Sure, most people wouldn't dream of visiting Venezuela, believing it's not worth the risk. But I hoped against hope that they were wrong, that the dirt-cheap prices and stunning sites would outweigh the risk of danger.

Roraima is a famous -and stunning — mountain in Venezuela. Picture: Will Hatton Source: Supplied

One of the main reasons I came here was for Roraima — the highest table top mountain in the world. I dreamt of climbing it.

So I did. And as I stumped up a slippery path hacked into the jungle it seemed more likely I would break my neck than be robbed at gunpoint. Oozing, sucking mud pulled at my ankles as I struggled upwards, my pack, laden with supplies and camping gear.

This was a far-cry from the endless plains of the Gran Sabana. I had spent the first day hiking through dusty valleys, crossing rumbling rivers and generally just being eaten alive by swarms of pori-pori, horrible biting flies the size of a pinhead.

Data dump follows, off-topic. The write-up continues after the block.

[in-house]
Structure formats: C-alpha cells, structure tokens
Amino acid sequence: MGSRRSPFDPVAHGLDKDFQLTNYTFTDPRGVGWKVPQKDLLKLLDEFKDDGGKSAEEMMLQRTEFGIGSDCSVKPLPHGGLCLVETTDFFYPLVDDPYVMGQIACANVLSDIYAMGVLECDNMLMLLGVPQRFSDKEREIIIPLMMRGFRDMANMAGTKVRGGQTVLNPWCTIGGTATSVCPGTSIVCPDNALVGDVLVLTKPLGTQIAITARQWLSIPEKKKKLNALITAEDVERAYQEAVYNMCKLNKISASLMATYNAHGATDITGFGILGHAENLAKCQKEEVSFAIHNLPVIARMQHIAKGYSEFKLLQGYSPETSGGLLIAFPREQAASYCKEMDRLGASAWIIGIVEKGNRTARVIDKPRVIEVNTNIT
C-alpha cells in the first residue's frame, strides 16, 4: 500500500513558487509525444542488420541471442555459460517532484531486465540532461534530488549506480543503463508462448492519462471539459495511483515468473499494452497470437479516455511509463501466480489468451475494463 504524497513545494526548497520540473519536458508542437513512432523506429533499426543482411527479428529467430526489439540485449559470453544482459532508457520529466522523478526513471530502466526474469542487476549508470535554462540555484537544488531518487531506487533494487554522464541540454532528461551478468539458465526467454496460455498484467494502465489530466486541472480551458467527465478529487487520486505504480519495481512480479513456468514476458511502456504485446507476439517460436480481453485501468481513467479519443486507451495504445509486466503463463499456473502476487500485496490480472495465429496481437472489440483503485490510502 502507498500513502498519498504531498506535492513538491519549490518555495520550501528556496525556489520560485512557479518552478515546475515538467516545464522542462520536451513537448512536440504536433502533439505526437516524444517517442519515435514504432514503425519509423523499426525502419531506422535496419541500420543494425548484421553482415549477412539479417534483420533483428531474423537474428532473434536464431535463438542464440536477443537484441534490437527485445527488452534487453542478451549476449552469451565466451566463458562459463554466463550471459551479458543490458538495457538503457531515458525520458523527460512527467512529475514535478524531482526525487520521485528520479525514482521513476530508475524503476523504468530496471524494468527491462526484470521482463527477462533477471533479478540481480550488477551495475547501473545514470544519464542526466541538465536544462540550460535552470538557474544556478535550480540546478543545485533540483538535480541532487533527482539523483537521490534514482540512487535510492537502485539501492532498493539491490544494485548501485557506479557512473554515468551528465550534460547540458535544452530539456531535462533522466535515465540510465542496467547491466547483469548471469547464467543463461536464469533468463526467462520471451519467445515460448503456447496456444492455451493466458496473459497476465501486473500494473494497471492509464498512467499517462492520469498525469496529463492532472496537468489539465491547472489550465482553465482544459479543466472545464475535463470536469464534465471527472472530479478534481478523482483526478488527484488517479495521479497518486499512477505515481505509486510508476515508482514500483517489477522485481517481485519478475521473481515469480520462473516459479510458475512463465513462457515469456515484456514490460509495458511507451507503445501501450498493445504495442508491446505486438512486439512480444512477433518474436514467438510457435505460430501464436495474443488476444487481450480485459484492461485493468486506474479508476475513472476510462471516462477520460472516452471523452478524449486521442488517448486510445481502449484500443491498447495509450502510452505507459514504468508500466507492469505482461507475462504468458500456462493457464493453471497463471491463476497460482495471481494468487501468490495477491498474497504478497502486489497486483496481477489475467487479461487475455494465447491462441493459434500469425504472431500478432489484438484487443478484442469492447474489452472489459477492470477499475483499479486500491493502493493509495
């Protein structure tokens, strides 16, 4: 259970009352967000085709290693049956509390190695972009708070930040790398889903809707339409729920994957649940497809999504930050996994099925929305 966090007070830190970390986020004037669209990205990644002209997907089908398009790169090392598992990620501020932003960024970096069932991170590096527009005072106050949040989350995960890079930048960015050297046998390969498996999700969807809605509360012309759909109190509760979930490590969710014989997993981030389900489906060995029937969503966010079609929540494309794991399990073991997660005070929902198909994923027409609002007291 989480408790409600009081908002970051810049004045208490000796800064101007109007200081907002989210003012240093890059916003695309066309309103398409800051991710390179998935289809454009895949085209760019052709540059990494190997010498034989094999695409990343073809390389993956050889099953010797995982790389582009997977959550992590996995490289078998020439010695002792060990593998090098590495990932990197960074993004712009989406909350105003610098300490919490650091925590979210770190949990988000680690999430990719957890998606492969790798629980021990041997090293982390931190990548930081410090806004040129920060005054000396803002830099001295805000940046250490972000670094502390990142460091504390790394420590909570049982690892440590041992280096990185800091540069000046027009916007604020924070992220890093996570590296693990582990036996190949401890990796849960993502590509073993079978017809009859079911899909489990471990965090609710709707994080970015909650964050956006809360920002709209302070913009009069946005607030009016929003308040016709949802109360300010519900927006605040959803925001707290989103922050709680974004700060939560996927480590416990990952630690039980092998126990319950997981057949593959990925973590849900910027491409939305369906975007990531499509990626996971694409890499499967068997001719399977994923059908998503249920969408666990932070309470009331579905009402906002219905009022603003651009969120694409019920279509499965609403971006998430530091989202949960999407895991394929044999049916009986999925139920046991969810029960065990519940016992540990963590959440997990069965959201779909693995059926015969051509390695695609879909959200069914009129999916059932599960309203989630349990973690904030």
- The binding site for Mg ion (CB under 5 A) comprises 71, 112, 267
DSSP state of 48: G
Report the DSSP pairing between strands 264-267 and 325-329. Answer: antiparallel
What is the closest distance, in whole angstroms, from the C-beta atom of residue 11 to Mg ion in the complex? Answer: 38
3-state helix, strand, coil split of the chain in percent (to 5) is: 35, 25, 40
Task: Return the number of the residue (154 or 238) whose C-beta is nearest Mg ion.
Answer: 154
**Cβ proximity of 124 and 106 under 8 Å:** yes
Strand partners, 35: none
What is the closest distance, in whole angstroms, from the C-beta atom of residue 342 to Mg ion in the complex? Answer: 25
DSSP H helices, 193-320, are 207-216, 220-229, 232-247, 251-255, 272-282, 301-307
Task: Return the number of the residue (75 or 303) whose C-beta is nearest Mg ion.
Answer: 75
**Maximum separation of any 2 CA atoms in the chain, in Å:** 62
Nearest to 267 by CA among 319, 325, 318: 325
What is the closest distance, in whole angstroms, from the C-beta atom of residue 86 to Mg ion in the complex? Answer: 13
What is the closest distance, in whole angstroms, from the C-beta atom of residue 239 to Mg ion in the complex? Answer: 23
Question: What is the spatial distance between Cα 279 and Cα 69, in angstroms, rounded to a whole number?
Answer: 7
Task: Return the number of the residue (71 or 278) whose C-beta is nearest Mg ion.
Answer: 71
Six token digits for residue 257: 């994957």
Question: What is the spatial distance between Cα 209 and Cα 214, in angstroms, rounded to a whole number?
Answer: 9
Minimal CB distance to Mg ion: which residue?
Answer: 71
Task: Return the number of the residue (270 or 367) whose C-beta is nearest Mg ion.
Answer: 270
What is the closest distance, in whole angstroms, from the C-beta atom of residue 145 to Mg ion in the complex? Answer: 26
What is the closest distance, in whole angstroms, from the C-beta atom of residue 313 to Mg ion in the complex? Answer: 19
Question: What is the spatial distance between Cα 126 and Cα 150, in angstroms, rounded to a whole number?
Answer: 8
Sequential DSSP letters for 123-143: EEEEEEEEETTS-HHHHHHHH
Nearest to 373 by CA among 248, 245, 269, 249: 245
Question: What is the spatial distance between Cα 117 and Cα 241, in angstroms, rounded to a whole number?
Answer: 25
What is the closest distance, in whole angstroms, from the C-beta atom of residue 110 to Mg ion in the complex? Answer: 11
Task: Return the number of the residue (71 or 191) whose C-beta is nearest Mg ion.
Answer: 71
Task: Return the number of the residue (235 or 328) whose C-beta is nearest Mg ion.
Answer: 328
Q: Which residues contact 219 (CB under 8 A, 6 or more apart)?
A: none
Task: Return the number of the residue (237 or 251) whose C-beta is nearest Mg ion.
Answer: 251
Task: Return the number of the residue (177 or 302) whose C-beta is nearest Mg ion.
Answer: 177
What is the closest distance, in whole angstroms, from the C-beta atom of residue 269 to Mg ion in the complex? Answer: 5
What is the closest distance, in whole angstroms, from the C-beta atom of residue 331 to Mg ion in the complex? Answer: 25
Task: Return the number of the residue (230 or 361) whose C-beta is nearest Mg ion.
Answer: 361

It was a tricky climb. Picture: Will Hatton Source: Supplied

For five hours I slipped and hauled myself up the path, passing through banks of cloud and under a tumbling waterfall. Mist engulfed me, and visibility was less than 10 metres.

Finally, I reached the summit. I was at last on top of the tabletop mountain that had inspired Arthur Conan Doyle's Lost World. Roraima, a magnet for thrillseekers and adventurers, a grave for the ill-prepared.

Another tabletop mountain called Kukenan, a holy place for the indigenous peoples scattered across the plains, appeared through a window in the dancing mist. I had just a few seconds to appreciate the patchwork quilt of purples, oranges, reds and greens making up the mountain-face before it disappeared, devoured by clouds.